This column is the second of three describing some highlights of the Audubon Christmas Bird Counts (CBCs). More than 30 are conducted in Maine, so I can’t cover all of them, but we can detect general patterns of bird abundance. Today, a look at five coastal counts.

I will discuss Bath-Phippsburg in detail because of a mix of lingering species, winter visitors from the north and a genuine rarity. Altogether, participants found 79 birds on Dec. 14.

The rarity was a pink-footed goose, a European species whose closest breeding population is in Greenland.

Other northern visitors included two rough-legged hawks, 15 dunlin, a snowy owl (not surprising in this invasion year), a northern shrike, 15 pine siskins and a Savannah sparrow of the Ipswich race, which breed only on Sable Island off Nova Scotia.

Late December in Maine is still in a transition bird-wise between summer and winter. Despite the northern visitors, look at these summer birds found on the Bath CBC: three belted kingfishers, two yellow-bellied sapsuckers, a northern flicker, eight eastern bluebirds, three hermit thrushes, 11 yellow-rumped warblers (regular wintering birds in this area), a common yellowthroat, two red-winged blackbirds and a brown-headed cowbird.

Throw in a nice count of red-throated loons, common loons, horned grebes, red-necked grebes and four northern gannets to ice the cake.

Not far away, the Brunswick-Freeport CBC on Dec. 29 produced 80 species. Two snowy owls put in an appearance. The nine ruddy turnstones and 33 dunlins were nice totals.

Lingering birds were a northern pintail, a northern flicker, nine Carolina wrens, 46 eastern bluebirds, seven hermit thrushes and a common grackle.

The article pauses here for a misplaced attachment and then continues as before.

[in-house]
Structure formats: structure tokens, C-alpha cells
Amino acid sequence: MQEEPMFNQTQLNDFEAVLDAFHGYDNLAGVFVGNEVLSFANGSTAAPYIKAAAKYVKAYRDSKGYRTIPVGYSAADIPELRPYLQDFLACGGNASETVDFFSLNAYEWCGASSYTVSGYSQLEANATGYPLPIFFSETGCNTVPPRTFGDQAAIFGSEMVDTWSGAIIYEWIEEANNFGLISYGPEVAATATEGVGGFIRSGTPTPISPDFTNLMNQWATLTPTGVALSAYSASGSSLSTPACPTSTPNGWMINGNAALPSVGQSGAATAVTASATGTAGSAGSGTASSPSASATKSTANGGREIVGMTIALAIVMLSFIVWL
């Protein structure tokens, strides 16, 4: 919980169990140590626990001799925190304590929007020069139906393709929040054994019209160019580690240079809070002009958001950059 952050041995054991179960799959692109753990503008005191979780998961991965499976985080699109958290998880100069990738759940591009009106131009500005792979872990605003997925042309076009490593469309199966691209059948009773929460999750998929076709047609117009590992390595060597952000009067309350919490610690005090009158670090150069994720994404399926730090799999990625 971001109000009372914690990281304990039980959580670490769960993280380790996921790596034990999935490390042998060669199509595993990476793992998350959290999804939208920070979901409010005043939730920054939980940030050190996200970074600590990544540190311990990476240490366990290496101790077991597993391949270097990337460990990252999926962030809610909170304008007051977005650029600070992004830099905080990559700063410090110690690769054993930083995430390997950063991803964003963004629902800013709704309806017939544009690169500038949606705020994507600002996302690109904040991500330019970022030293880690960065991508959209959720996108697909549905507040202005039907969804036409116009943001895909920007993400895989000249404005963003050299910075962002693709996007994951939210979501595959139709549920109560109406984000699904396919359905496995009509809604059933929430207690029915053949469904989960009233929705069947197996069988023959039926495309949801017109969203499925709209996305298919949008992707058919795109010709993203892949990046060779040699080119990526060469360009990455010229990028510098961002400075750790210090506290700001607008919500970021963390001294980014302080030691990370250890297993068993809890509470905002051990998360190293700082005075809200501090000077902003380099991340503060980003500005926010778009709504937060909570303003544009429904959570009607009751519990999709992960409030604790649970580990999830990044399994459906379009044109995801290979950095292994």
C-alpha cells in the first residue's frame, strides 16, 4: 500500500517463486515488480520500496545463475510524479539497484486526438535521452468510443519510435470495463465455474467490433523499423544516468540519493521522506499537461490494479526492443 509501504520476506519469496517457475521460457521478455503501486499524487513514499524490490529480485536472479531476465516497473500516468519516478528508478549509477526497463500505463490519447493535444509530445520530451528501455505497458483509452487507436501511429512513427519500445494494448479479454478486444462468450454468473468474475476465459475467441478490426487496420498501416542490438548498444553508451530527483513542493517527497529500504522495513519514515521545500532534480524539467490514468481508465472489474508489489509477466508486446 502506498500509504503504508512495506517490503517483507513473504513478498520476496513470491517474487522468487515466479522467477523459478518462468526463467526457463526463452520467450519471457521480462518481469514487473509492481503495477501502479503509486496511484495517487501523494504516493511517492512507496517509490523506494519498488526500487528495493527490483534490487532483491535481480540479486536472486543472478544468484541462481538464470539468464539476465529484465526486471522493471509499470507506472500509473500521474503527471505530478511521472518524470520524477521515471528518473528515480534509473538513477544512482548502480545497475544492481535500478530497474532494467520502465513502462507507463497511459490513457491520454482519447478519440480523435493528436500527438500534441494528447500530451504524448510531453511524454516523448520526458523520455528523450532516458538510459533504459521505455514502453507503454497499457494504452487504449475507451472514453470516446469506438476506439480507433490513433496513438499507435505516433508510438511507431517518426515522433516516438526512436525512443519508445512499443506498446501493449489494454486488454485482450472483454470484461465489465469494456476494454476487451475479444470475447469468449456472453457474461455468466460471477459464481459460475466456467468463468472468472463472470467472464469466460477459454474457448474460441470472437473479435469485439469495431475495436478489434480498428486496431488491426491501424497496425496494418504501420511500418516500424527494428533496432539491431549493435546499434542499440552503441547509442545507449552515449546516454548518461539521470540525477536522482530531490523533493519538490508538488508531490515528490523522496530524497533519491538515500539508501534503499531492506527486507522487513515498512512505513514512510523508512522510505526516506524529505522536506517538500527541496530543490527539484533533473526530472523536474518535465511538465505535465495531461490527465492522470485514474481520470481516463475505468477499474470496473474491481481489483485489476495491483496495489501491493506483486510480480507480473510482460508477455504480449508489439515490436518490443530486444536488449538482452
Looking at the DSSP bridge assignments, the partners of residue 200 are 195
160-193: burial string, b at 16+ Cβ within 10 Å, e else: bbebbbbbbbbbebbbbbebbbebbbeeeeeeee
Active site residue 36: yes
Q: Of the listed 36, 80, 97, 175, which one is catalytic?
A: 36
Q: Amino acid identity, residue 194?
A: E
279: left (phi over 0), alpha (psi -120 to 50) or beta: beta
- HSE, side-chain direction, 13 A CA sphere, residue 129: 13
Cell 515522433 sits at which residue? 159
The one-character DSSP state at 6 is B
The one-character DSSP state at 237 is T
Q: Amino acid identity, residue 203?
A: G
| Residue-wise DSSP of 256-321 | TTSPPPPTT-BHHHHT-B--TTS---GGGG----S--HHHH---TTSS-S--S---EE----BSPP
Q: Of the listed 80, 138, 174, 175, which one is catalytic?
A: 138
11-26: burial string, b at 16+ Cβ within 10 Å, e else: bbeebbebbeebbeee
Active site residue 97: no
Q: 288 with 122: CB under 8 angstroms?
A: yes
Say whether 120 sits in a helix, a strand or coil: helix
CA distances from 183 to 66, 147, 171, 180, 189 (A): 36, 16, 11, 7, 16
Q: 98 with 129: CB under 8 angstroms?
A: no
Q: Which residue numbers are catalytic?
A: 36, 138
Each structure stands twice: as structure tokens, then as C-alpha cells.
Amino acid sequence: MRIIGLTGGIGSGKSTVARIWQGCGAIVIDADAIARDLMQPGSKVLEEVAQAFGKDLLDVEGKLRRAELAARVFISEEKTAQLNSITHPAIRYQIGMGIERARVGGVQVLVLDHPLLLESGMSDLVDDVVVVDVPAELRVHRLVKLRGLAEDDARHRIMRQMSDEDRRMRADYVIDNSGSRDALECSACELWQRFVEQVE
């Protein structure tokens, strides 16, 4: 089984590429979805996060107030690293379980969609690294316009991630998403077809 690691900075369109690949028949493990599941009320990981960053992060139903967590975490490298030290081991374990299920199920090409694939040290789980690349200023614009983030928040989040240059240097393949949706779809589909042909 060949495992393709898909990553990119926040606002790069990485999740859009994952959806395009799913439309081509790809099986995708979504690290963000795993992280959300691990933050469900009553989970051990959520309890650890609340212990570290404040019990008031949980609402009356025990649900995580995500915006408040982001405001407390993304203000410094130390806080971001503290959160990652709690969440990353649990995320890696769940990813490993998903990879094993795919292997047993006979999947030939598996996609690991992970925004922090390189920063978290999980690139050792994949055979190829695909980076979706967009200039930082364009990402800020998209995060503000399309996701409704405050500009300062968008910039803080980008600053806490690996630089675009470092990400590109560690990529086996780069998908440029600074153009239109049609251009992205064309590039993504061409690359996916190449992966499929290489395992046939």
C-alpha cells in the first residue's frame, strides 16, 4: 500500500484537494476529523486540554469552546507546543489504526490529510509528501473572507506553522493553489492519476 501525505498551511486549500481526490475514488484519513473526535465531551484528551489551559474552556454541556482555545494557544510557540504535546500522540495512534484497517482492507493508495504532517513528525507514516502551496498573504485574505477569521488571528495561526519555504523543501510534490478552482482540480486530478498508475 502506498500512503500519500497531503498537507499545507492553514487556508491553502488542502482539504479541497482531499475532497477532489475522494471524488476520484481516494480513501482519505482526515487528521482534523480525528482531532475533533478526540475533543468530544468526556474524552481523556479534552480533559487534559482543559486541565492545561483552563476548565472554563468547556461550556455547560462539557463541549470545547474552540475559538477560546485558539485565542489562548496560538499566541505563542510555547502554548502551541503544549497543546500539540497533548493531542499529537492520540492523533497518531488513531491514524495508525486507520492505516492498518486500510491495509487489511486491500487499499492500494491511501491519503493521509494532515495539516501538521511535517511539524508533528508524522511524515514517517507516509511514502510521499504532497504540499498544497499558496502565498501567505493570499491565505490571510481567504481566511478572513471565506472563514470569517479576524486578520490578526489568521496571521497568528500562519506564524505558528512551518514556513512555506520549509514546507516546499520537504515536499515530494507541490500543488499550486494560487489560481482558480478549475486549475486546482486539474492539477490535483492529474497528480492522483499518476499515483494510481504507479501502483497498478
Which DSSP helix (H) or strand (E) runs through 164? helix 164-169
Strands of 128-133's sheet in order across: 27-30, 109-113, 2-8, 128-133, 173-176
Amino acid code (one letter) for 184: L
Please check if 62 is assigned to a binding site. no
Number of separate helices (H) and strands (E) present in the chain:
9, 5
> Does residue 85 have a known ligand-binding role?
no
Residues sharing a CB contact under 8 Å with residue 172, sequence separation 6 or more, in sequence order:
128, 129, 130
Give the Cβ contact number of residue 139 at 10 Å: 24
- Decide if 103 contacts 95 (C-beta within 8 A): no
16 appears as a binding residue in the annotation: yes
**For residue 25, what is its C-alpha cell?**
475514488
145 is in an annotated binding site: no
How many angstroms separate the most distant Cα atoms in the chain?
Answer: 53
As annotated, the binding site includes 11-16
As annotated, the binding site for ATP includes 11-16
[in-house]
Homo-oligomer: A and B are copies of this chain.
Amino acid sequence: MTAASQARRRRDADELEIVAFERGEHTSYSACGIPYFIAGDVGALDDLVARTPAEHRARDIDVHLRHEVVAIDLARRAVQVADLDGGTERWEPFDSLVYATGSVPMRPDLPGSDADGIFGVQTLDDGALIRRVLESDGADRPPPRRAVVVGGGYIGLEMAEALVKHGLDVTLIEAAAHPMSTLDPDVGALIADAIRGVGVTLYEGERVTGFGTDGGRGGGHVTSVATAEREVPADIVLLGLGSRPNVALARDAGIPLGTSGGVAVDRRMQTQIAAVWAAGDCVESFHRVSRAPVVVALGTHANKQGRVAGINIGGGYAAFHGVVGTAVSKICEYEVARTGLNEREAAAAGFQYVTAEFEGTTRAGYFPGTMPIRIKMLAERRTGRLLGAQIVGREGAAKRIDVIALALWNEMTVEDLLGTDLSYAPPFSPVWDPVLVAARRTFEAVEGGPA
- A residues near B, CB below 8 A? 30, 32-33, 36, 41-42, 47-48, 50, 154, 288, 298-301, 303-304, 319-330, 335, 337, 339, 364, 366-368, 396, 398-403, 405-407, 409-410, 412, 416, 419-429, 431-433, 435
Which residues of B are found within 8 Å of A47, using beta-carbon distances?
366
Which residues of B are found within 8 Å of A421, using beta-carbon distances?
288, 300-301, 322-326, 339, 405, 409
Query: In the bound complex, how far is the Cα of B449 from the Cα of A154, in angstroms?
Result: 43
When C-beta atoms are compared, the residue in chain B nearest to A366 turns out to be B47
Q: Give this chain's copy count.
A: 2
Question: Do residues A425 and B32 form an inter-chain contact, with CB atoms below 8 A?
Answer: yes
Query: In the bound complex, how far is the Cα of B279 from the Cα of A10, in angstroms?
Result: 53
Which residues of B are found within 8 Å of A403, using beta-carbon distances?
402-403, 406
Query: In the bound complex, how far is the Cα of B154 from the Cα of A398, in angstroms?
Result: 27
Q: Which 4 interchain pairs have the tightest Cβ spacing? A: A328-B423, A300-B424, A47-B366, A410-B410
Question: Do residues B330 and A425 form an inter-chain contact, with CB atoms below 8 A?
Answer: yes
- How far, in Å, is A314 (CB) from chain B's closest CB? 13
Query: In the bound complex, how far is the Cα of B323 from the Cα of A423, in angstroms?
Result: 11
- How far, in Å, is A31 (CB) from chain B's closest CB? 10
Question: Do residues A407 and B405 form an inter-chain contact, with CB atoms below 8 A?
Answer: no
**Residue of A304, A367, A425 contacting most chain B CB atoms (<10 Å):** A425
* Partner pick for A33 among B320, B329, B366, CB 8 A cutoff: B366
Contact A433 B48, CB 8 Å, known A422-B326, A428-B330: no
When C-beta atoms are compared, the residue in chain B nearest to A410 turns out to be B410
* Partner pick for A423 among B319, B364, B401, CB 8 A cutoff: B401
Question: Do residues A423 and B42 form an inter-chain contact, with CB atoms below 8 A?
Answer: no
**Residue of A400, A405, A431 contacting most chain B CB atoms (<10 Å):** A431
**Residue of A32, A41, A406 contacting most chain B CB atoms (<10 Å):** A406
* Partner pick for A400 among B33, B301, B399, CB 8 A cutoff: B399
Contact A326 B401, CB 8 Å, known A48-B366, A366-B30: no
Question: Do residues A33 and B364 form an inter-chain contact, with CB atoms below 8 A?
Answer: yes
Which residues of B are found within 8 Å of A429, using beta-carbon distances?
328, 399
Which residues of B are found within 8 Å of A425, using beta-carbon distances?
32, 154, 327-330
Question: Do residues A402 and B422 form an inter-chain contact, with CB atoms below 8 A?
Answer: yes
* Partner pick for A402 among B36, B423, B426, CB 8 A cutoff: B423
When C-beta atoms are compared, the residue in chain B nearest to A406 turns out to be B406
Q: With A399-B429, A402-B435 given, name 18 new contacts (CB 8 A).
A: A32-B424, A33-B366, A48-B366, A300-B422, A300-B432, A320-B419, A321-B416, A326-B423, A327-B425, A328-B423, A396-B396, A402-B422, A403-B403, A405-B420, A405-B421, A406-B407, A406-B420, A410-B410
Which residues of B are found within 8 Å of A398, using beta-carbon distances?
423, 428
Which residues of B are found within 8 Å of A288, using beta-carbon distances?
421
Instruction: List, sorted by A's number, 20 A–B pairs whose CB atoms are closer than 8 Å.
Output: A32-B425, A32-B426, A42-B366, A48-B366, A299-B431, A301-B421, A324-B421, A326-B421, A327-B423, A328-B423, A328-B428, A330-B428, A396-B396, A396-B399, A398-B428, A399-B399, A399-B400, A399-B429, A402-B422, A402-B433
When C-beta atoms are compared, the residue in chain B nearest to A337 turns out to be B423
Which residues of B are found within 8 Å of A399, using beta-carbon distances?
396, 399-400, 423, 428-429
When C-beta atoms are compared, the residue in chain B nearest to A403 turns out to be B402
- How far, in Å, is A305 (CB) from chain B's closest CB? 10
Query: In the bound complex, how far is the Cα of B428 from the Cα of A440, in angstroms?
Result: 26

Three northern finches were found: a singleton common redpoll and two pine siskins. The sharp-eyed observers found one Bohemian waxwing among 126 cedar waxwings.

Heading north, the North Penobscot Bay CBC on Dec. 28 yielded 55 species. The Stockton Springs area may be the most reliable place in the state to find ruddy ducks; 59 were found.

Grebe abundance was low – only seven horned grebes and no red-necked grebes. A single red-throated loon was found along with 25 common loons.

More northerly birds included a peregrine falcon, a fox sparrow and 12 purple finches.

The Schoodic Count, held Jan. 1, totaled 52 species. Like the North Penobscot Bay CBC, few lingering birds from the fall were found. A northern harrier and six yellow-rumped warblers were about it.

Highlights included a merlin and three northern shrikes.

The York County CBC on Dec. 16 produced 86 species. Sixteen species of waterfowl were counted. The 68 harlequin ducks were a treat to see.

Shorebird diversity was impressive: 115 purple sandpipers, a ruddy turnstone, 189 sanderlings and a dozen dunlin.

Only two species of alcids were found; razorbills outnumbered the normally more common black guillemots, 18 to 1.

Three snowy owls were found. A single Purple Finch was the only irruptive finch found on the count.

It’s a poor winter for northern finches in Maine.

Three American pipits were nice finds. A clay-colored sparrow and three fox sparrows were also notable.

We expect more lingering summer birds in this most moderate of Maine counts, and the birds did not disappoint on this count. Highlights were three great blue herons, an incredible 113 eastern bluebirds, a couple of hermit thrushes, a Baltimore oriole and 16 brown-headed cowbirds.

Herb Wilson teaches ornithology and other biology courses at Colby College. He welcomes reader comments and questions at:

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